One way that we can bring empathy and understanding of dyslexia into the learning environment is with books. By carefully selecting books, we can provide opportunities for students to see themselves in the pages of the books. This then leads to open discussions among students and teachers and can encourage empathy and understanding among peers. 

Students with dyslexia, when feeling supported, will know what value they bring to their world. It helps them to understand that dyslexia does not define them and that there's no ceiling to what dreams they can achieve. 

For additional support, I am sharing a free download this week listing books that focus on dyslexia, overcoming obstacles, and encouraging social-emotional learning. 

Benefits of Dyslexia Books for Students

 There are many ways that I have found that books on this subject mater have benefitted students. Both picture and chapter books highlighting dyslexia and growth mindset have provided opportunities to discuss differences and ways to overcome challenges. These types of books allow students to connect with a character that they can relate to and begin to build empathetic reasoning. 

Books that highlight different learning experiences also creates the possibility to remove existing or lingering stigmas of dyslexia that may exist. The more that students see themselves in books, the less alone they will feel. Highlighting those authors with dyslexia can also be powerful for these learners. These authors include: Agatha Christie, Day Pikey, Henry Winkler, and Patricia Polacco.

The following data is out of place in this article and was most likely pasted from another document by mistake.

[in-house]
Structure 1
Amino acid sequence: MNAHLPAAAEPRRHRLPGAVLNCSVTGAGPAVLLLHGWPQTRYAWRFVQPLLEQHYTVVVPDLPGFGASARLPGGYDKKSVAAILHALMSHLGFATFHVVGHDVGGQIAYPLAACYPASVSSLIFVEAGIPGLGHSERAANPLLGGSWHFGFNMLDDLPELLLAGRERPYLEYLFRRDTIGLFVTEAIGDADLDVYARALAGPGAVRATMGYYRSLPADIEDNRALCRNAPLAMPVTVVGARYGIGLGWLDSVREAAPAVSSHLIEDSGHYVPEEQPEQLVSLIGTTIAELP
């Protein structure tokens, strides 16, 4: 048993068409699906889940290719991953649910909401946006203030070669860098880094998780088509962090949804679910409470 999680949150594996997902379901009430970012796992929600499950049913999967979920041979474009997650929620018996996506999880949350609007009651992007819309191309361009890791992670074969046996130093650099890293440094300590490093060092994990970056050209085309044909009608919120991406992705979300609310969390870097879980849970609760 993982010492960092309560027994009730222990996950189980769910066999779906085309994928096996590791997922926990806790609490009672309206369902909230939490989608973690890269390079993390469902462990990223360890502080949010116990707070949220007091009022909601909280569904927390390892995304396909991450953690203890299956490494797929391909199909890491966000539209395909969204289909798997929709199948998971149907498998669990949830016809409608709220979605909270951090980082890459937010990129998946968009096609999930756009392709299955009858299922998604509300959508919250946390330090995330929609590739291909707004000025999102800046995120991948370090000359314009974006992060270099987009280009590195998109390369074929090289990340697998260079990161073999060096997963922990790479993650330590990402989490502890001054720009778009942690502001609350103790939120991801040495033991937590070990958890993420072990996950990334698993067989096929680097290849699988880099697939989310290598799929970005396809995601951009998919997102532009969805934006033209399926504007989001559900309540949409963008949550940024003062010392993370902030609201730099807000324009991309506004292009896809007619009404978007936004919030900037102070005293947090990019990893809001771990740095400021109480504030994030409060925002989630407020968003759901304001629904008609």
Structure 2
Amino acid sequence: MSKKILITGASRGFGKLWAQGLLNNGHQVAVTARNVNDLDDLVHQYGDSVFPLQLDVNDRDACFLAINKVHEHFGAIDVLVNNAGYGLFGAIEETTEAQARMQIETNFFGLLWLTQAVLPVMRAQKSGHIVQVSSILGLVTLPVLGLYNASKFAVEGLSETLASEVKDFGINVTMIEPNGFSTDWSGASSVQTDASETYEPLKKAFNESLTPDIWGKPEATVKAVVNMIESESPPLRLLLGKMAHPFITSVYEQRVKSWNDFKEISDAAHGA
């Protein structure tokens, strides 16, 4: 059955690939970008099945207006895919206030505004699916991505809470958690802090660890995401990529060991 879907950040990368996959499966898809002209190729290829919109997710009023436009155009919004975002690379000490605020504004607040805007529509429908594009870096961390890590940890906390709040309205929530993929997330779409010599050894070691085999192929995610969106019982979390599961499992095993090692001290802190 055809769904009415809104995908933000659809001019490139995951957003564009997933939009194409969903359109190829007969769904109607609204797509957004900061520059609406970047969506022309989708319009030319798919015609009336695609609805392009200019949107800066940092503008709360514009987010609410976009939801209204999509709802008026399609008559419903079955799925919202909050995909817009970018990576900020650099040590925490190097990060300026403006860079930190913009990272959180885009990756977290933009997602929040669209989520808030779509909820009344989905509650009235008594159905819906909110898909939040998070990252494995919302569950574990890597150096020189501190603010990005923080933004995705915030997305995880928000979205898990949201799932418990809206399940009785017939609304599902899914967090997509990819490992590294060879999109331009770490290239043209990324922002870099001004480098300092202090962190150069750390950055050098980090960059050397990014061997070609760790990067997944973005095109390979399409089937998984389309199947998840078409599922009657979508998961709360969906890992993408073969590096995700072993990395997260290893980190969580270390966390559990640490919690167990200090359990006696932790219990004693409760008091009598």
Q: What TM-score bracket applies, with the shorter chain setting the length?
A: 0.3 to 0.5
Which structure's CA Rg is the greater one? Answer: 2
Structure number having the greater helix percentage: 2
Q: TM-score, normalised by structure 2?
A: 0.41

Books provide engaging ways for teachers to share learning differences with their students to honor the various ways that people learn. They also support social-emotional learning and provide prompts for discussions. Books that discuss overcoming challenges also provide opportunities to develop a growth mindset. All the books in my handout this week are powerful for spring boarding discussions and mini-lessons showing how we can all overcome challenges. Click here to download your book list.

I hope this post has provided you more ways to support your learners with dyslexia. Don't forget to browse my resources that will also help you with your students' success. Click here to visit my resource shop. The sale ends tonight!

Have a wonderful week! Don't forget to show appreciation to all of your teacher friends!


The Dyslexia Classroom


Helland, S. S., Roysamb, E., Brandlistuen, R. E., Melby-Lervag, M., & Gustavson, K. (2020). A common family factor underlying language difficulties and internalizing problems: Findings from a population-based sibling study. Journal of Learning Disabilities, 53(5), 399-409.

Horbach, J., Mayer, A., Scharke, W., Heim, S., & Gunther, T. (2020). Development of behavior problems in children with and without specific learning disorders in reading and spelling from kindergarten to fifth grade. Scientific Studies of Reading, 24(1), 57-71.